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Independent Living News & Policy from the National Council on Independent Living

Civil Rights & the ADA

Organizers Forum: REV UP! Registering Voters with Disabilities

  • Tuesday, July 18, 2017
  • 1:00-2:00 p.m. Eastern
  • RSVP online


  • Zach Baldwin, Director of Outreach, American Association of People with Disabilities
  • Molly Broadway, Training and Technical Specialist for Voting Rights, Disability Rights Texas
  • Sha Stephens, Executive Director, Arkansas State Independent Living Council (ARSILC)
  • Maggie Knowles, PAVA and Development Coordinator, South Carolina P&A

National Disability Voter Registration Week is July 10-14! Time to REV UP — Register, Educate, Vote, Use your Power! Please join this call to hear what exciting things are happening around the country to get more people with disabilities registered to vote, and learn what you can do in your local community.  [Read more…]

Action Alert: Pledge to Promote the Disability Vote This Summer

2017 may be an off year for national elections, but across the country, registering to vote and participating in local elections are as important as ever. This summer, there are many ways to get involved with promoting voter registration and exercising the right to vote, from participating in National Disability Voter Registration Week to supporting National Voter Registration Day.

National Disability Voter Registration Week (NDVRW) 

35th Anniversary Logo: NCIL – National Council on Independent Living. Celebrating 35 Years of Advocacy. Graphic features party candles.This year, the American Association of People with Disabilities’ National Disability Voter Registration Week (NDVRW) falls on July 17th to 21st, 2017. There are several ways to get involved:

  • Sign your organization on as a supporter of the Rev UP campaign and NDVRW.
  • Organize a voter registration event in your community or at your CIL.
  • Ask your local elected officials, such as your mayor, governor, or city council, to issue a Proclamation declaring the 17th to the 21st National Disability Voter Registration Week in your area.
  • Send out press releases or social media posts in support of the week on your CIL’s platforms.
  • Get more ideas on ways to celebrate and support NDVRW, including sample social media posts, toolkits for setting up voter registration events, and more, on the AAPD’s NDVRW page.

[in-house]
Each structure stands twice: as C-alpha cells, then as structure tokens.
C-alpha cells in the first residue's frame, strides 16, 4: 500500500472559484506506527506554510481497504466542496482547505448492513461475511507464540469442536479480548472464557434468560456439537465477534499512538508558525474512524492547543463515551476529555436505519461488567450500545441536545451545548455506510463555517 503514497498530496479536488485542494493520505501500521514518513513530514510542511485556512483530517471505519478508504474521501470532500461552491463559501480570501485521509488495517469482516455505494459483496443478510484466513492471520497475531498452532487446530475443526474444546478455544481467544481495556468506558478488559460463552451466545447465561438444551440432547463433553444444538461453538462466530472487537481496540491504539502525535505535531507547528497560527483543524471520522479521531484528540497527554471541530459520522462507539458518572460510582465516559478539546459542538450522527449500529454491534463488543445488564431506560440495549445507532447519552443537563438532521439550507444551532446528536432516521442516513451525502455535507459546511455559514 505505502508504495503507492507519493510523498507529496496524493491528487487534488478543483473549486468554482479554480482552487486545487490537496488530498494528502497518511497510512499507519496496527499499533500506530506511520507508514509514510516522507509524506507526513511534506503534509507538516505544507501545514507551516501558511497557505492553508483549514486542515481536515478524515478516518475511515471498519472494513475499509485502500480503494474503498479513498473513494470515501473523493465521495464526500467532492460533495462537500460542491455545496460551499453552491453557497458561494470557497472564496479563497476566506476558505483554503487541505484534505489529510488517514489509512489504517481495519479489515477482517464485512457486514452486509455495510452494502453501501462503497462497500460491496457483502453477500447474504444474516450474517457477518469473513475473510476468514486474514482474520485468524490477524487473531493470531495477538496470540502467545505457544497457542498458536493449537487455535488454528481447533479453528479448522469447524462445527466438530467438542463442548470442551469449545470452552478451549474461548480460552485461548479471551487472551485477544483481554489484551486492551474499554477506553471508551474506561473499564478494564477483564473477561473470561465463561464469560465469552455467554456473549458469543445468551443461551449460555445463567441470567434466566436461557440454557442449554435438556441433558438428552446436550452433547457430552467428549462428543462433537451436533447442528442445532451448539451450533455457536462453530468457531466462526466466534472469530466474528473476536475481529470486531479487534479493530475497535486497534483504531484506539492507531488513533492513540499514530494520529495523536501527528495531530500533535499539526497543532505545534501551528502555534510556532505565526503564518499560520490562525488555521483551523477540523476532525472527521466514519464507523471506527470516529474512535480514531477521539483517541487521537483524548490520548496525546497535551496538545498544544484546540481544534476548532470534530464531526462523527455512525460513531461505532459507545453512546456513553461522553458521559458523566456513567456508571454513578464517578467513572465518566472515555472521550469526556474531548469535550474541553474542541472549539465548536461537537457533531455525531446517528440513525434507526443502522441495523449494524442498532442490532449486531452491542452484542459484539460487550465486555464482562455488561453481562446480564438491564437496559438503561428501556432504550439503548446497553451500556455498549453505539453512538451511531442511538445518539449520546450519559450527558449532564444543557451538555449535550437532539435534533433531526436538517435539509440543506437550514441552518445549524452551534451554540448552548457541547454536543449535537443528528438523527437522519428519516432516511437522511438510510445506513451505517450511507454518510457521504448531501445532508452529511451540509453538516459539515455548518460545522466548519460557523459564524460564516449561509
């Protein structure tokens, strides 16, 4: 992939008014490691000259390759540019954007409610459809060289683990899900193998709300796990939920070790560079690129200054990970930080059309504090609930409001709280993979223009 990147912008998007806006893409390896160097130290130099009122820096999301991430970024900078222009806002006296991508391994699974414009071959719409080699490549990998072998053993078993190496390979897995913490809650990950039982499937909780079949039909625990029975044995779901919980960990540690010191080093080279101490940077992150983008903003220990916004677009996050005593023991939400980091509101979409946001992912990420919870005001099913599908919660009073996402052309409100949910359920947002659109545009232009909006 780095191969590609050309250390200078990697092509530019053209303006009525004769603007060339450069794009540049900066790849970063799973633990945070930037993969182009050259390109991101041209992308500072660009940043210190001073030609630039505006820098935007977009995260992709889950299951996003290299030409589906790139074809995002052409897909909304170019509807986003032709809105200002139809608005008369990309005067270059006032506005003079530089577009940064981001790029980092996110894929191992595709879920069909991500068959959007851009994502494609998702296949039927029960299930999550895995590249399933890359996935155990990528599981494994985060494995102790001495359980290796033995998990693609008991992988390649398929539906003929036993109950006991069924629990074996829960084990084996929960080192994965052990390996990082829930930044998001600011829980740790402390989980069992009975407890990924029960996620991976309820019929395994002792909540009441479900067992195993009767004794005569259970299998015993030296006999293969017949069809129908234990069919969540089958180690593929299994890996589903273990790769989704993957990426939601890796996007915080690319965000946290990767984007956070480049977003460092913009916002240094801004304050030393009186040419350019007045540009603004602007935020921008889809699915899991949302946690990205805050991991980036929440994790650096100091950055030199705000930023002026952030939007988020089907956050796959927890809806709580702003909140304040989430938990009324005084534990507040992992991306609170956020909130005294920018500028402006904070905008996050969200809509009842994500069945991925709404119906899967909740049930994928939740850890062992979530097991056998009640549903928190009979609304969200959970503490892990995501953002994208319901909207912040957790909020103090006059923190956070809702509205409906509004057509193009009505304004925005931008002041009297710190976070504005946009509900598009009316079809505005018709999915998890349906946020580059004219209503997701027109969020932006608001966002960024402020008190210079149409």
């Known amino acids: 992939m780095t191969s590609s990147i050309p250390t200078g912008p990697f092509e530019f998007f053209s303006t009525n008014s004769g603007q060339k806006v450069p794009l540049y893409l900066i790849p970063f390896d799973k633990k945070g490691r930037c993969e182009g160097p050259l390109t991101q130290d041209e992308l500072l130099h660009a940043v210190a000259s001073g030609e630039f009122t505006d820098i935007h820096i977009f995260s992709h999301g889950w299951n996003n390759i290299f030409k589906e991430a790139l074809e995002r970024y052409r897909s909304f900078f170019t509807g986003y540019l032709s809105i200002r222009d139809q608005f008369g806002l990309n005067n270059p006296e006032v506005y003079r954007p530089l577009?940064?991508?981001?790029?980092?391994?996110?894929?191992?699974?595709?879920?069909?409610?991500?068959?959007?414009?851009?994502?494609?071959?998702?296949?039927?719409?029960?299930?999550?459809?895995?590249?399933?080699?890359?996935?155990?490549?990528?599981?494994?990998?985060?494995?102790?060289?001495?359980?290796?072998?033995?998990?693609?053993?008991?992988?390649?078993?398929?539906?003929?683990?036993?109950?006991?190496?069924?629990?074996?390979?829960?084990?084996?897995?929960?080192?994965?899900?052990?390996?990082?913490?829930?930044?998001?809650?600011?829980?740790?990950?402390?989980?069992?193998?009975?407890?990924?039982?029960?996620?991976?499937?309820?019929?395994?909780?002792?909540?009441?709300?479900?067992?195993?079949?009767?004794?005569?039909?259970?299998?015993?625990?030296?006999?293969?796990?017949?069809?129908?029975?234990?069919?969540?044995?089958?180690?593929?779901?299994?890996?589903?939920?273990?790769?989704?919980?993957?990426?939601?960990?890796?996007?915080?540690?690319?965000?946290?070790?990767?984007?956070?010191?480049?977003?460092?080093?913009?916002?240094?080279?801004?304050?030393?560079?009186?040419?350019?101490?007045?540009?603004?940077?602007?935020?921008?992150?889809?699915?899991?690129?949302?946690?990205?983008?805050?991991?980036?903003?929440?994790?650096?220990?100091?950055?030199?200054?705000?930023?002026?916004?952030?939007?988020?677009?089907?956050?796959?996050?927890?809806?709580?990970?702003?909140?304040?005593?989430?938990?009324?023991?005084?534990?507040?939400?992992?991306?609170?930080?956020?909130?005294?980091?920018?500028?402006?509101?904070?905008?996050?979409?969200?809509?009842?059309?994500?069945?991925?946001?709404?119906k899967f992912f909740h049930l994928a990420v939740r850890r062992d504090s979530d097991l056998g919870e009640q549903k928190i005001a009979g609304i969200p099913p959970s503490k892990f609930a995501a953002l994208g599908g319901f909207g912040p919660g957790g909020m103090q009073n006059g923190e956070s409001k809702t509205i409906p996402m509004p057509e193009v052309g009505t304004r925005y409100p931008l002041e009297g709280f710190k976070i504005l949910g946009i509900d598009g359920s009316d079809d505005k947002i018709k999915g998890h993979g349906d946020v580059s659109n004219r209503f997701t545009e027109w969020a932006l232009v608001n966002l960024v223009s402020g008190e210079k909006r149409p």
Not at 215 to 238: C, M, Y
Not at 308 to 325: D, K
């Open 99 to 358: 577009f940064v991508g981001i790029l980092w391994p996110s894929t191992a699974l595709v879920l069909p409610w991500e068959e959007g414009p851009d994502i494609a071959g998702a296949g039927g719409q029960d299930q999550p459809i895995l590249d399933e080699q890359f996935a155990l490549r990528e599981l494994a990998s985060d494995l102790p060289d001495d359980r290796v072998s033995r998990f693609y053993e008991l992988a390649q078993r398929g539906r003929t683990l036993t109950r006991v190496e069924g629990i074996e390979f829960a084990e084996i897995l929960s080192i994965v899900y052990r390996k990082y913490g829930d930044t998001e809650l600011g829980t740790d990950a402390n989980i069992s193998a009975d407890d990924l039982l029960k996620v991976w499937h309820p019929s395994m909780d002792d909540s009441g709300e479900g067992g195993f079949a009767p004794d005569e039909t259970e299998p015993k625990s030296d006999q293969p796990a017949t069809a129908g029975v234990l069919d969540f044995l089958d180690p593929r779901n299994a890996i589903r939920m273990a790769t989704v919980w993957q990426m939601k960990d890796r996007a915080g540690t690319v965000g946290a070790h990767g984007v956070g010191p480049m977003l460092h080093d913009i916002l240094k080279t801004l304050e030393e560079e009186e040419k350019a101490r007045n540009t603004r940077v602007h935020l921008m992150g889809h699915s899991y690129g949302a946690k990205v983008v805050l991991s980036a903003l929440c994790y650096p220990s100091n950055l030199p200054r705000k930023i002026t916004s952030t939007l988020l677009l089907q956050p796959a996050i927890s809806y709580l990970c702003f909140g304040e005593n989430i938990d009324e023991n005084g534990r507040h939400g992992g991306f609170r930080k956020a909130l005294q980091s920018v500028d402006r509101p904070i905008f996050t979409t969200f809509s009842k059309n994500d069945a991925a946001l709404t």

National Voter Registration Day 

Established in 2012, National Voter Registration Day (NVRW) was established as a national holiday to promote the importance of voting and to celebrate the right to vote. This year, NVRW falls on Tuesday, September 26, 2017. CILs and SILCs are encouraged to sign on as partners of NVRW to promote it within the disability community and to show that disability organizations value voter registration and voting! Sign on to become a partner of NVRW today.

If you have any questions, please contact Sarah Blahovec, Disability Vote Organizer, at or 202-207-0334 ext. 1103.

NCIL Letter to Vice President Pence on the Presidential Advisory Commission on Election Integrity

On May 16th, NCIL penned this letter to Vice President Pence on its concerns on the Presidential Advisory Commission on Election Integrity, and asked that the Commission examines issues of inaccessibility and vote suppression in the election system.

Dear Vice President Pence,

NCIL logo - National Council on Independent LivingOn May 11, President Trump issued an executive order establishing the Presidential Advisory Commission on Election Integrity. We stand in solidarity with the rest of the civil rights community in expressing concern that the commission’s expressed goals of examining dubious claims of voter fraud could further disenfranchise people of color and people with disabilities. NCIL hopes that the commission will instead explore the well-documented issues of voting inaccessibility and vote suppression that have made exercising the right to vote more difficult for marginalized communities.

NCIL urges the commission to focus on these issues:

  • Accessibility of polling places and voting equipment on Election Day is still not equitable for people with disabilities. According to a study by Rutgers University of the 2012 election, “30.1% of voters with disabilities reported difficulty in voting at a polling place…compared to 8.4% of voters without disabilities.”
  • With the increasing use of the internet, the way that people learn about and participate in elections is changing rapidly. Unfortunately, many election information and voter registration websites are not accessible to people with disabilities, especially people who are blind or low vision, have cognitive disabilities, or have mobility disabilities.